Trailer brakes are easy to overlook, but this is one aspect of routine maintenance you really don’t want to skip. Especially with larger trailers, the weight can outstrip what a tow vehicle can handle–especially in quick-stop or downhill scenarios. Trailer brakes link to the tow vehicle’s braking system, so sudden stops and slow-downs don’t lead to catastrophe. A trailer with spongy or otherwise ineffective brakes is far more prone to jack-knifing at the drop of a hat.
So what to do? Aside from taking your travel trailer in to be serviced regularly (which you should do anyway, unless you’re quite an accomplished amateur RV service tech), you can perform DIY brake checks to make sure your trailers’ brakes are functioning effectively before hitting the road for a big trip.
Types of Brakes
Typically, travel trailers and fifth wheels have electronic braking systems connected to a controller somewhere inside the tow vehicle. Electric brakes don’t contain brake fluid that needs to be monitored and flushed regularly (although if you have a Class C RV, you’ll have a hydraulic braking system that requires a different type of maintenance). But electric brakes do have pads and drums that need to be inspected regularly to rule out grooves, gouges, and other signs of wear.
Brake pads should wear evenly; if there are signs of uneven wear, they likely need to be adjusted or replaced. Also check to make sure brake pads are thick enough to effectively stop your rig; although guidelines vary, most manufacturers recommend a minimum of 1/16″ brake pad thickness. If you have a particularly large travel trailer, you might want to replace the pads before they get to that point.
Basic Brake Check How-To
You’ll need to consult your rig’s service manual to correctly perform a brake check. Steps usually include lifting the wheels off the ground and giving them a spin to see if they spin freely; any drag on the brake pads is a sign that something’s not quite right. Dragging, “catching,” or unusual loose spots can indicate a problem with the brake alignment or with the wheel bearings.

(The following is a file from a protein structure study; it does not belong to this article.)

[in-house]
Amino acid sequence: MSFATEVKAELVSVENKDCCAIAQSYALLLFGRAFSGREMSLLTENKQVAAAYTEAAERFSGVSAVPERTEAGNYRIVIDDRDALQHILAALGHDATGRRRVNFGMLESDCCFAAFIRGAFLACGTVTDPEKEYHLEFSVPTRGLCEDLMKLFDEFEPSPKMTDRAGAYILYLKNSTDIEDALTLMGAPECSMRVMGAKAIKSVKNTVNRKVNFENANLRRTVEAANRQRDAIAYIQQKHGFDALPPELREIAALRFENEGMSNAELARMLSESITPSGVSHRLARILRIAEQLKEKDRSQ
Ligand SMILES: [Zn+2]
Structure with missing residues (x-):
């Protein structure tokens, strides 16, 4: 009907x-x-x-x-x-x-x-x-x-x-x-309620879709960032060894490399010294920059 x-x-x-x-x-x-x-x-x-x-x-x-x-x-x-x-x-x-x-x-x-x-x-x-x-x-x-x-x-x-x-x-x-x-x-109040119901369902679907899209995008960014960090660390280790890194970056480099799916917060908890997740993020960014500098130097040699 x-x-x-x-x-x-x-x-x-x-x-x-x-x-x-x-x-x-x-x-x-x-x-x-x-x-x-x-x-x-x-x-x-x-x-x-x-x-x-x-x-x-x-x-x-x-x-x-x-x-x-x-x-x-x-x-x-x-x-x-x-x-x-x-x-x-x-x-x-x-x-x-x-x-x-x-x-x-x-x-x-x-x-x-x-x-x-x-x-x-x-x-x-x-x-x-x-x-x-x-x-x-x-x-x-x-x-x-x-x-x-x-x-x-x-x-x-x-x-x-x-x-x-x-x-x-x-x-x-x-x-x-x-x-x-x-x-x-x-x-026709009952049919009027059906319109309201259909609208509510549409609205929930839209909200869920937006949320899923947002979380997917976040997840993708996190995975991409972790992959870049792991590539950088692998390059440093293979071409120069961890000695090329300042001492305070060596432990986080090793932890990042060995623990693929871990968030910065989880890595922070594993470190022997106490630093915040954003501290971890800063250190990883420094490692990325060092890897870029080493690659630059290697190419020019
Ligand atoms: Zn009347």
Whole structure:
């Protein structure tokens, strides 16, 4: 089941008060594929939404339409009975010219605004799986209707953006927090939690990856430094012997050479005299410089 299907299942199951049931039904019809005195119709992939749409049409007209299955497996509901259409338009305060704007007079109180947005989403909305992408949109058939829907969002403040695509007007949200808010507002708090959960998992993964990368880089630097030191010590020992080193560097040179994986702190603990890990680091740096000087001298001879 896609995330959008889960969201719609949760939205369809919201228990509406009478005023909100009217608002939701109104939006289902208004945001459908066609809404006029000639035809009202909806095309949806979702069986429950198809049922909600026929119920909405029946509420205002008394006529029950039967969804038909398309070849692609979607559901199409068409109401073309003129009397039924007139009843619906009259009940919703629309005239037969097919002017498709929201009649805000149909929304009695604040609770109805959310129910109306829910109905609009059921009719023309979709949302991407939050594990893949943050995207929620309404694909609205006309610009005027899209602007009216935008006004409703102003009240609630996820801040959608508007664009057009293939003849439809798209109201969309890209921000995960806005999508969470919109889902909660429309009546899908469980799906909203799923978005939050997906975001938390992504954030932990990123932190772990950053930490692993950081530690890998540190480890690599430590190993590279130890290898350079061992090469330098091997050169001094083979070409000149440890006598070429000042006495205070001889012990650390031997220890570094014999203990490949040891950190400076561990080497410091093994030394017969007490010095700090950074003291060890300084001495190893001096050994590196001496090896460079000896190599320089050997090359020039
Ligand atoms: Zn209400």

Follow the factory instructions to remove your wheel and wheel hub to access the brakes, then give them a good visual inspection. Your rig’s manual should cover exactly what you’re looking for here, including what “normal” brake wear looks like and danger signs to keep an eye out for.
At times, a connectivity issue with the controller prevents the trailer brakes from engaging properly in conjunction with the tow vehicle’s. If you suspect this is a problem, you’ll want to attach a multimeter to check voltage at the controller with the controller’s manual override button engaged. A problematic controller can be just as troublesome as issues with the physical brakes, so address these concerns right away; the issue might be as simple as a loose wire or as involved as replacing the controller itself, but it’s worth diagnosing these problems before you’re heading to your next camping destination.
Brake problems aren’t something you want to dally with. Perform checks regularly, and take your rig to a brake specialist if you suspect an issue. You’ll thank yourself later. Questions about insuring your travel trailer? Feel free to get in touch! You’ll also find more information on year-round RV maintenance and care on our blog.
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